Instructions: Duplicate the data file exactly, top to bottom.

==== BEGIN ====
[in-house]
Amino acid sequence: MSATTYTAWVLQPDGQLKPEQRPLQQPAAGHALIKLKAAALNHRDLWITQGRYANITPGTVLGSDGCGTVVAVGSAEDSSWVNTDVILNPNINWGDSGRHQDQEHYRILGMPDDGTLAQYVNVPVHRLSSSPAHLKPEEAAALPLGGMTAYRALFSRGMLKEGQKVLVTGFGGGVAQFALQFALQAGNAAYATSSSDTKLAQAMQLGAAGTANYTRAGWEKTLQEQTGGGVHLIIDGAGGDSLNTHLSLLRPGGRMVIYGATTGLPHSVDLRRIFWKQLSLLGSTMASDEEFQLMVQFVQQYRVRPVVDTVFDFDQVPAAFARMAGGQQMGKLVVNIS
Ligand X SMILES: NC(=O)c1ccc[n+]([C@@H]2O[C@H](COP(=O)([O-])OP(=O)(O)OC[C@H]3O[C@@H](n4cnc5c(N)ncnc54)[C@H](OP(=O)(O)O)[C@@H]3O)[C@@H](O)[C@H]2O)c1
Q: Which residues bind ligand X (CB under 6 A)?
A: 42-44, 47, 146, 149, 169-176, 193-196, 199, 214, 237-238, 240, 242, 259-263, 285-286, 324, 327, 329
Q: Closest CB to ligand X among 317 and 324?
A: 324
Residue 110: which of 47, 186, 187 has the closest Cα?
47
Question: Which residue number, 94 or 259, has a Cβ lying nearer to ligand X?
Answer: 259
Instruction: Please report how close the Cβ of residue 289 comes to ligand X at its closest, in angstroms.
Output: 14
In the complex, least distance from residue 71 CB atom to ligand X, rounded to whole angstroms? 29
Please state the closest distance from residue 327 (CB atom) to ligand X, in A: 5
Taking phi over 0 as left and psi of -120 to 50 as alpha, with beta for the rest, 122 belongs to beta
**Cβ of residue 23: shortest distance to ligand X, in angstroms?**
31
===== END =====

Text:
[in-house]
Amino acid sequence: MSATTYTAWVLQPDGQLKPEQRPLQQPAAGHALIKLKAAALNHRDLWITQGRYANITPGTVLGSDGCGTVVAVGSAEDSSWVNTDVILNPNINWGDSGRHQDQEHYRILGMPDDGTLAQYVNVPVHRLSSSPAHLKPEEAAALPLGGMTAYRALFSRGMLKEGQKVLVTGFGGGVAQFALQFALQAGNAAYATSSSDTKLAQAMQLGAAGTANYTRAGWEKTLQEQTGGGVHLIIDGAGGDSLNTHLSLLRPGGRMVIYGATTGLPHSVDLRRIFWKQLSLLGSTMASDEEFQLMVQFVQQYRVRPVVDTVFDFDQVPAAFARMAGGQQMGKLVVNIS
Ligand X SMILES: NC(=O)c1ccc[n+]([C@@H]2O[C@H](COP(=O)([O-])OP(=O)(O)OC[C@H]3O[C@@H](n4cnc5c(N)ncnc54)[C@H](OP(=O)(O)O)[C@@H]3O)[C@@H](O)[C@H]2O)c1
Q: Which residues bind ligand X (CB under 6 A)?
A: 42-44, 47, 146, 149, 169-176, 193-196, 199, 214, 237-238, 240, 242, 259-263, 285-286, 324, 327, 329
Q: Closest CB to ligand X among 317 and 324?
A: 324
Residue 110: which of 47, 186, 187 has the closest Cα?
47
Question: Which residue number, 94 or 259, has a Cβ lying nearer to ligand X?
Answer: 259
Instruction: Please report how close the Cβ of residue 289 comes to ligand X at its closest, in angstroms.
Output: 14
In the complex, least distance from residue 71 CB atom to ligand X, rounded to whole angstroms? 29
Please state the closest distance from residue 327 (CB atom) to ligand X, in A: 5
Taking phi over 0 as left and psi of -120 to 50 as alpha, with beta for the rest, 122 belongs to beta
**Cβ of residue 23: shortest distance to ligand X, in angstroms?**
31